in 2005, it has performed 70,000 surgeries for both owned, public animals and rescued animals from animal welfare organizations. In addition, the Healthy Pet Clinic has offered services to pets and their people since 2010 and annually serves more than 8,000 pets with the basic care they need to live healthy, happy lives. Phelps said the vast majority of animal shelter organizations across the country are funded at least in part by public funding with tax dollars through their local, county or state governments. However, HSNEGA is selffunded through donations, grants and service fees and receives no public funding or funds from national humane organizations. The organization has rescued many types of pets from birds to rodents to reptiles. “We’ve had people bring us chickens that have fallen off chicken trucks,” she said. “Unfortunately, we cannot keep or adopt livestock so we had to surrender them to the county animal control.” Phelps said sharing your home with a four-legged friend can be one of life’s greatest joys. Pets give us unconditional loyalty and acceptance, provide constant companionship and even help relieve stress after a hard day’s work. Adopting a pet, though, is a big decision. Pets require time and money as well as a long-term commitment. Pet ownership can be rewarding, but only if you think through your decision before you adopt a companion. When you adopt a pet, you are making a commitment
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to care for the animal for its lifetime, so think before you adopt. Sharing your life with a companion animal can bring incredible rewards, but only if you’re willing to make the necessary commitments of time, money, responsibility and love. So how can you help out? “Donations of money or in-kind items are always welcome and needed to support our rescue efforts,” Phelps said. “We have many options for donations including our Animal Care Fund (help fund medical needs for special cases), Adoption Angel Program (sponsor a rescue), Food Bowl Fund (help pay for food for rescues) as well as general donations.” Sharing, liking and commenting on its social media also helps get the word out in the community about both services and adoptable animals. “We are active on Facebook, Instagram, Twitter and SnapChat,” Phelps said. “You also can sign up for our e-newsletter on our website (www.HSNEGA.org) for the latest news about our needs and how your gifts are helping rescues.”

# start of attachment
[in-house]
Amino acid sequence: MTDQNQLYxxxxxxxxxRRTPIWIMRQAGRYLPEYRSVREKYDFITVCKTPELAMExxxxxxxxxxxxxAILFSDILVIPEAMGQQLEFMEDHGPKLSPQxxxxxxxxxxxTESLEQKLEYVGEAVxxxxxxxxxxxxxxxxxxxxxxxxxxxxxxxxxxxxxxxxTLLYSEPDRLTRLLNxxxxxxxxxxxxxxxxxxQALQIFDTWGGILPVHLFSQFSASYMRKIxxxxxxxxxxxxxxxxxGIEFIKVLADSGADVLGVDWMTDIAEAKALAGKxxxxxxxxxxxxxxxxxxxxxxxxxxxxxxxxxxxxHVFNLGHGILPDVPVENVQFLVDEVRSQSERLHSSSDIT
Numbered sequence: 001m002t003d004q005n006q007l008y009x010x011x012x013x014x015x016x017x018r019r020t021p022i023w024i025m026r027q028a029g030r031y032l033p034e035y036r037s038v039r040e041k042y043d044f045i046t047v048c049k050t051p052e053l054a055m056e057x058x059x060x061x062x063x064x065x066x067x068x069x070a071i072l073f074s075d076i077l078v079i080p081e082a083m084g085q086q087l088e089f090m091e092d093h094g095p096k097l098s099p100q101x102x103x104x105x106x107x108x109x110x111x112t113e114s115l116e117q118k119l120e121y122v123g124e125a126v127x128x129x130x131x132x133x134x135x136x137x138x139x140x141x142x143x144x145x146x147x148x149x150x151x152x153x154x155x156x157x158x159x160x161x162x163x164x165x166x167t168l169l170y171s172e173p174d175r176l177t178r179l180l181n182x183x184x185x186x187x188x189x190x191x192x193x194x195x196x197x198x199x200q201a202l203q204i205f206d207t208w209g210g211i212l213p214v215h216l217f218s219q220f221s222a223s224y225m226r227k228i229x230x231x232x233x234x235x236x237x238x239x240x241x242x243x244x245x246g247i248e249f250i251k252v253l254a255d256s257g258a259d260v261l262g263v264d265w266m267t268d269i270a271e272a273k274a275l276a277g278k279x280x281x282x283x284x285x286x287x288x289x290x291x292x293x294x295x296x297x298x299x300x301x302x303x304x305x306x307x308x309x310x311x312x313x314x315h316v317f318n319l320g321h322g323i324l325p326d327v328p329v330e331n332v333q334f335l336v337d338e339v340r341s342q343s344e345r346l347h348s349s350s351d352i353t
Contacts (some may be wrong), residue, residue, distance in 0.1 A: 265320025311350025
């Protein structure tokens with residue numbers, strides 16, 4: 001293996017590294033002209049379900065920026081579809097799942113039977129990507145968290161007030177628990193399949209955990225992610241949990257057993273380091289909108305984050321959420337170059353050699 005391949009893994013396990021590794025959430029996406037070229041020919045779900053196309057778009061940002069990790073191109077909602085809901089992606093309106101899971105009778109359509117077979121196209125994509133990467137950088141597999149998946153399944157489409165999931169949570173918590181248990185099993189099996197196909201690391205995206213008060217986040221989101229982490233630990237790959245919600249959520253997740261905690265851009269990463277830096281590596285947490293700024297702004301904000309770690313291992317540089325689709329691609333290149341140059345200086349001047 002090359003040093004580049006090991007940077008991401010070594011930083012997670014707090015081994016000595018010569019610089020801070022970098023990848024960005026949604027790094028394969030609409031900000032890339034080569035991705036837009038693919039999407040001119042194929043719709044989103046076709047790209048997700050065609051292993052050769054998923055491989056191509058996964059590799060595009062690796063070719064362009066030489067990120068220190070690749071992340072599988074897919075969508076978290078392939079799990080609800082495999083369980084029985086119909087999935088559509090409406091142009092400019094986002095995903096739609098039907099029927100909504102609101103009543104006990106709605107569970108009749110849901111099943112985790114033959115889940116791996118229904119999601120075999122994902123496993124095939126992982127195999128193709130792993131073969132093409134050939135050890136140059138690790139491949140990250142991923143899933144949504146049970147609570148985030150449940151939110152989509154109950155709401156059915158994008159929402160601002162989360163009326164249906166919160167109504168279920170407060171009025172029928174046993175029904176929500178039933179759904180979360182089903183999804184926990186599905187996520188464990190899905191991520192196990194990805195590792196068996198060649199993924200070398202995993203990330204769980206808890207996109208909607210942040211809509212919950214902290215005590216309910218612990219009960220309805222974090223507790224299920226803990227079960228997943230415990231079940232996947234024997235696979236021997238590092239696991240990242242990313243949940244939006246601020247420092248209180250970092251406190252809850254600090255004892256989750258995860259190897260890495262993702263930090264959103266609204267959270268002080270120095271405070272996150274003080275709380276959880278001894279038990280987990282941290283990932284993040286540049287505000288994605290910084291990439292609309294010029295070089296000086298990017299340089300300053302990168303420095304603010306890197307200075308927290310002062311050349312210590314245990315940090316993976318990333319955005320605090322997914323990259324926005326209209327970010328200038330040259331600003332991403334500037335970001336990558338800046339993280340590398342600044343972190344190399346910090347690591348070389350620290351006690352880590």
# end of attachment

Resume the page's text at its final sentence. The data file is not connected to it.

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Tricks for Treats: Check out Fresh-baked Pet Snacks By Pamela A. Keene Oatmeal soft bite cookies, bacon cheese twists and chicken stars. These sound like great snacks for people, but Pet Pleasers Bakery in Gainesville makes these fresh-baked goodies daily for dogs, cats, rabbits and even horses. Located at 660 Dawsonville Highway, Pet Pleasers is owned by Ina Griffin, who purchased the store 10 years ago because of her love of pets and her desire to ensure that cats, dogs and other pets had healthy food and treats. “We all love pets and want them to have healthy alternatives for food and snacks,” says Tabitha Charlton, Ina’s granddaughter. “From gluten free, soy free, dairy free, our snacks can provide healthy treats for animals with almost any kind of food issue.” Pet Pleasers Bakery offers a variety of specialty pet foods, sells natural shampoos, dental items and pet accessories and toys. The store recently added self-service bathing for pets; the cost is $10 and includes a raised tub, choice of shampoo, plus towels and use of a dryer. One of the most popular snack items is Pet Pleasers’ liver brownies for both dogs and cats. But the bakery also sells decorated pet birthday cakes that can be customized with the pet’s name, age or other messages. The store even carries party supplies for pet birthday parties. “People often come here every year for cakes for their pets,” Charlton says. “Or they will stop by for holiday or seasonal items. For St. Patrick’s Day, we had decorated shamrock-shaped treats. They were a big hit with owners and their pets.” For more information, visit www.petpleasersbakery.com or call the store at 770-534-3843.
Above: An assortment of pet treats made by Pet Pleasers Bakery.
Above: Liver brownies for dogs and cats. Left: A doggie birthday cake.